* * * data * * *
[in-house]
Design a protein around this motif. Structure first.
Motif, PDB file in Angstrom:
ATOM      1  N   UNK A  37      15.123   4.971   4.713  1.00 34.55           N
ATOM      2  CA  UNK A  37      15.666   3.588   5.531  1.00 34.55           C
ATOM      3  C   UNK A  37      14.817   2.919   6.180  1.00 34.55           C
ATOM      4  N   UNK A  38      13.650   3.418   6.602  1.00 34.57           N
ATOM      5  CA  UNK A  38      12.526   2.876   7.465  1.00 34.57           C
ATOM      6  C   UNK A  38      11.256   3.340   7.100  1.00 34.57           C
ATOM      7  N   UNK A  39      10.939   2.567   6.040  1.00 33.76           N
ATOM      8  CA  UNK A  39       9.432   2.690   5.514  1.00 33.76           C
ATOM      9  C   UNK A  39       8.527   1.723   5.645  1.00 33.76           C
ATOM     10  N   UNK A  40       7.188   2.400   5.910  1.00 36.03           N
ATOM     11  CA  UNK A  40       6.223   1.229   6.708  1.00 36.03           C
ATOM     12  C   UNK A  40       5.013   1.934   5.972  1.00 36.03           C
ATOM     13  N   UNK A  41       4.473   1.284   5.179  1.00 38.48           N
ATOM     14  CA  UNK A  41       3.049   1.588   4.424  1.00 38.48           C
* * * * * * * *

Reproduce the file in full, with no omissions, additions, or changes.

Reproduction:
[in-house]
Design a protein around this motif. Structure first.
Motif, PDB file in Angstrom:
ATOM      1  N   UNK A  37      15.123   4.971   4.713  1.00 34.55           N
ATOM      2  CA  UNK A  37      15.666   3.588   5.531  1.00 34.55           C
ATOM      3  C   UNK A  37      14.817   2.919   6.180  1.00 34.55           C
ATOM      4  N   UNK A  38      13.650   3.418   6.602  1.00 34.57           N
ATOM      5  CA  UNK A  38      12.526   2.876   7.465  1.00 34.57           C
ATOM      6  C   UNK A  38      11.256   3.340   7.100  1.00 34.57           C
ATOM      7  N   UNK A  39      10.939   2.567   6.040  1.00 33.76           N
ATOM      8  CA  UNK A  39       9.432   2.690   5.514  1.00 33.76           C
ATOM      9  C   UNK A  39       8.527   1.723   5.645  1.00 33.76           C
ATOM     10  N   UNK A  40       7.188   2.400   5.910  1.00 36.03           N
ATOM     11  CA  UNK A  40       6.223   1.229   6.708  1.00 36.03           C
ATOM     12  C   UNK A  40       5.013   1.934   5.972  1.00 36.03           C
ATOM     13  N   UNK A  41       4.473   1.284   5.179  1.00 38.48           N
ATOM     14  CA  UNK A  41       3.049   1.588   4.424  1.00 38.48           C